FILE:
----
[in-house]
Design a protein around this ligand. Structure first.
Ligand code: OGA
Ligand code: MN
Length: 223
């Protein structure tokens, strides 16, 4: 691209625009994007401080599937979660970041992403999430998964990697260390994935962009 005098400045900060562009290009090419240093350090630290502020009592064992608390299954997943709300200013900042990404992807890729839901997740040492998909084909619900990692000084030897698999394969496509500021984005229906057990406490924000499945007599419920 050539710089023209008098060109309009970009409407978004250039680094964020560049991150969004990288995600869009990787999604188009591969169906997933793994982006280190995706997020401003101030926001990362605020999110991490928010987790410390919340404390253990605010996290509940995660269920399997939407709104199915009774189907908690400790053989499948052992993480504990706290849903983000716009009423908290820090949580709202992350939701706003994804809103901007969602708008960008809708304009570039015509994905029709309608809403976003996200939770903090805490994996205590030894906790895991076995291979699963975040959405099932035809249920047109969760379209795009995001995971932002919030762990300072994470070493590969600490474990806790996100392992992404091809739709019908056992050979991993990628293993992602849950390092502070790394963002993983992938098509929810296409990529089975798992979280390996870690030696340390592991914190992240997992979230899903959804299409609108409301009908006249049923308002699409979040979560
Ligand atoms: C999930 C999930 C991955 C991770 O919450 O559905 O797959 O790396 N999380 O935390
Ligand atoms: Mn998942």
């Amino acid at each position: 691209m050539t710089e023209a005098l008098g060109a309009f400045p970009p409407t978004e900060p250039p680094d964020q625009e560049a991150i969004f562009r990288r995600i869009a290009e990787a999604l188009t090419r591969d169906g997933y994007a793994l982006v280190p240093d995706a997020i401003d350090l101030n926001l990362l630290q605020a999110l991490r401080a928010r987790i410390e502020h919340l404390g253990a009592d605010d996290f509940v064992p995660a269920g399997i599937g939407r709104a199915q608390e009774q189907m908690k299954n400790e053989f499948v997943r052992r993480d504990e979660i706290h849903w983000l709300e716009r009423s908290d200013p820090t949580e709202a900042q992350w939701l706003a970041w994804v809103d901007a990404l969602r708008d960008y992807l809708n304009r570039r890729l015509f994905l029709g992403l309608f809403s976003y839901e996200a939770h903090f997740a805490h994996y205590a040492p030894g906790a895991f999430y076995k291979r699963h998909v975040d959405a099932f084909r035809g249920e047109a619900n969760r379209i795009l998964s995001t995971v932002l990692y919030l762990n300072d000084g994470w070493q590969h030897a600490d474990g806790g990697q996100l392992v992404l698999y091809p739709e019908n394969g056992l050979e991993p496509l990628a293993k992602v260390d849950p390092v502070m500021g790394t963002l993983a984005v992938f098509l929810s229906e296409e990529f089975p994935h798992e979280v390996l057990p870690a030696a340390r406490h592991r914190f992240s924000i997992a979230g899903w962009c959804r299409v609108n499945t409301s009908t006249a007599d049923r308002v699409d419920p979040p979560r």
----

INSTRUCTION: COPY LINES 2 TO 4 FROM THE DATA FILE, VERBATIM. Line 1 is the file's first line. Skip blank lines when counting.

Design a protein around this ligand. Structure first.
Ligand code: OGA
Ligand code: MN